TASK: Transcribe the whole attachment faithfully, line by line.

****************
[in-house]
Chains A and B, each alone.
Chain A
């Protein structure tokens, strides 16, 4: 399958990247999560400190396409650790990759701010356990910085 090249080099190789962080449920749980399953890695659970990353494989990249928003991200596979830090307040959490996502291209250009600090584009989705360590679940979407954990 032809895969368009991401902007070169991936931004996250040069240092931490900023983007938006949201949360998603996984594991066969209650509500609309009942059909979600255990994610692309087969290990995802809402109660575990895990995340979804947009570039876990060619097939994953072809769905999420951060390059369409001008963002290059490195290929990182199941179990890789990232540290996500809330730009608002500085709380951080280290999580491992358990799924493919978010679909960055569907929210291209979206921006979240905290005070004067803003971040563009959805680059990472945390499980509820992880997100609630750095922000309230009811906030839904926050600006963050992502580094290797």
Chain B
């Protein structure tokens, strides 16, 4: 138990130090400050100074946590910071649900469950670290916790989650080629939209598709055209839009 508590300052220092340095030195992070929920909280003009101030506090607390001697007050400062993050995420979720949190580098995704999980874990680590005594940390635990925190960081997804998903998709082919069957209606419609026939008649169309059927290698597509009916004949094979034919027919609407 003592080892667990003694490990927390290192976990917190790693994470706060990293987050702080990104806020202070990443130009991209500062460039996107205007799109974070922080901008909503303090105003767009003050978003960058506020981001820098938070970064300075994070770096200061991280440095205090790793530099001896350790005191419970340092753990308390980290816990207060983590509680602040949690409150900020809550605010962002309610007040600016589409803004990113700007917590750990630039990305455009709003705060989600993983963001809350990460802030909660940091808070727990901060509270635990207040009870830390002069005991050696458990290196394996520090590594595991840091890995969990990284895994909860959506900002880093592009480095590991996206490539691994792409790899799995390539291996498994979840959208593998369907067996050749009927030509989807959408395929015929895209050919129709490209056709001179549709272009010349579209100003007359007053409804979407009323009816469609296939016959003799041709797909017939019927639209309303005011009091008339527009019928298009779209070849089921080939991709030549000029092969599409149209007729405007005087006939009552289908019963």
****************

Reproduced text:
[in-house]
Chains A and B, each alone.
Chain A
């Protein structure tokens, strides 16, 4: 399958990247999560400190396409650790990759701010356990910085 090249080099190789962080449920749980399953890695659970990353494989990249928003991200596979830090307040959490996502291209250009600090584009989705360590679940979407954990 032809895969368009991401902007070169991936931004996250040069240092931490900023983007938006949201949360998603996984594991066969209650509500609309009942059909979600255990994610692309087969290990995802809402109660575990895990995340979804947009570039876990060619097939994953072809769905999420951060390059369409001008963002290059490195290929990182199941179990890789990232540290996500809330730009608002500085709380951080280290999580491992358990799924493919978010679909960055569907929210291209979206921006979240905290005070004067803003971040563009959805680059990472945390499980509820992880997100609630750095922000309230009811906030839904926050600006963050992502580094290797």
Chain B
């Protein structure tokens, strides 16, 4: 138990130090400050100074946590910071649900469950670290916790989650080629939209598709055209839009 508590300052220092340095030195992070929920909280003009101030506090607390001697007050400062993050995420979720949190580098995704999980874990680590005594940390635990925190960081997804998903998709082919069957209606419609026939008649169309059927290698597509009916004949094979034919027919609407 003592080892667990003694490990927390290192976990917190790693994470706060990293987050702080990104806020202070990443130009991209500062460039996107205007799109974070922080901008909503303090105003767009003050978003960058506020981001820098938070970064300075994070770096200061991280440095205090790793530099001896350790005191419970340092753990308390980290816990207060983590509680602040949690409150900020809550605010962002309610007040600016589409803004990113700007917590750990630039990305455009709003705060989600993983963001809350990460802030909660940091808070727990901060509270635990207040009870830390002069005991050696458990290196394996520090590594595991840091890995969990990284895994909860959506900002880093592009480095590991996206490539691994792409790899799995390539291996498994979840959208593998369907067996050749009927030509989807959408395929015929895209050919129709490209056709001179549709272009010349579209100003007359007053409804979407009323009816469609296939016959003799041709797909017939019927639209309303005011009091008339527009019928298009779209070849089921080939991709030549000029092969599409149209007729405007005087006939009552289908019963």